Article

Mitigation potential and global health impacts from emissions pricing of food commodities

  • Nature Climate Change volume 7, pages 6974 (2017)
  • doi:10.1038/nclimate3155
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Abstract

The projected rise in food-related greenhouse gas emissions could seriously impede efforts to limit global warming to acceptable levels. Despite that, food production and consumption have long been excluded from climate policies, in part due to concerns about the potential impact on food security. Using a coupled agriculture and health modelling framework, we show that the global climate change mitigation potential of emissions pricing of food commodities could be substantial, and that levying greenhouse gas taxes on food commodities could, if appropriately designed, be a health-promoting climate policy in high-income countries, as well as in most low- and middle-income countries. Sparing food groups known to be beneficial for health from taxation, selectively compensating for income losses associated with tax-related price increases, and using a portion of tax revenues for health promotion are potential policy options that could help avert most of the negative health impacts experienced by vulnerable groups, whilst still promoting changes towards diets which are more environmentally sustainable.

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Acknowledgements

M.S., P.S., M.R. and H.C.J.G. acknowledge funding from the Oxford Martin Programme on the Future of Food. D.M.-D’C., S.R. and K.W. undertook this work as a part of the Global Futures and Strategic Foresight Program (GFSF), a CGIAR initiative led by the International Food Policy Research Institute (IFPRI) and funded by the Bill and Melinda Gates Foundation, the CGIAR Research Program on Policies, Institutions, and Markets (PIM), and the CGIAR Research Program on Climate Change, Agriculture, and Food Security (CCAFS).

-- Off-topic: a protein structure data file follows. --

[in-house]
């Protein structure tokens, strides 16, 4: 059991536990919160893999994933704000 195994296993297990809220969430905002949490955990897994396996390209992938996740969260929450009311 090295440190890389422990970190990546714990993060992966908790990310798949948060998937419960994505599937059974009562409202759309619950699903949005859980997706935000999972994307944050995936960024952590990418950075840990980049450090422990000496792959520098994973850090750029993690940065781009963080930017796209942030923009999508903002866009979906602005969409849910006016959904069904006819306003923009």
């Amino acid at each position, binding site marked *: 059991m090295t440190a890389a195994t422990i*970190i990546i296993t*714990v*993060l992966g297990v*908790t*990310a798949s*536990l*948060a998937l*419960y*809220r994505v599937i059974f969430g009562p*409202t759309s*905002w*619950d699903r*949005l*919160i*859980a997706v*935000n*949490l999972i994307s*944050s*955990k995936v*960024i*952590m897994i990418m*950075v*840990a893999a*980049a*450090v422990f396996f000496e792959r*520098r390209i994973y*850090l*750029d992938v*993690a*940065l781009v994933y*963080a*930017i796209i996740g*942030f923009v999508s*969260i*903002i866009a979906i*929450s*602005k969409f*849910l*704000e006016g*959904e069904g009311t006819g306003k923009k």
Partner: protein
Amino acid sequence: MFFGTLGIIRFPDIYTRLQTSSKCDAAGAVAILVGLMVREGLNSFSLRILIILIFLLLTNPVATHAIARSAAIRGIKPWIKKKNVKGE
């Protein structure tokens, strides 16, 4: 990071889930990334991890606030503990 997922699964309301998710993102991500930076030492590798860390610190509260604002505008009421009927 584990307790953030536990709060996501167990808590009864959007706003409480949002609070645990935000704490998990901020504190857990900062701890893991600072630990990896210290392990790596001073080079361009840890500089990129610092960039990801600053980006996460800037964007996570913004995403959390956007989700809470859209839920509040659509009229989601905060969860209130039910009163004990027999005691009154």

Author information

Affiliations

  1. Oxford Martin Programme on the Future of Food, British Heart Foundation Centre on Population Approaches for Non-Communicable Disease Prevention, Nuffield Department of Population Health, University of Oxford, Old Road Campus, Oxford OX3 7LF, UK

    • Marco Springmann
    • , Mike Rayner
    •  & Peter Scarborough
  2. International Food Policy Research Institute, 2033 K Street NW, Washington DC 20006-1002, USA

    • Daniel Mason-D’Croz
    • , Sherman Robinson
    •  & Keith Wiebe
  3. Oxford Martin Programme on the Future of Food, Department of Zoology, University of Oxford, South Parks Road, Oxford OX1 3PS, UK

    • H. Charles J. Godfray

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Contributions

M.S. designed the study and conducted the initial analysis. M.S., P.S., D.M.-D’C. and S.R. contributed model components. M.S. wrote the manuscript, with contributions from H.C.J.G. All authors analysed the results and commented on the manuscript.

Competing interests

The authors declare no competing financial interests.

Corresponding author

Correspondence to Marco Springmann.

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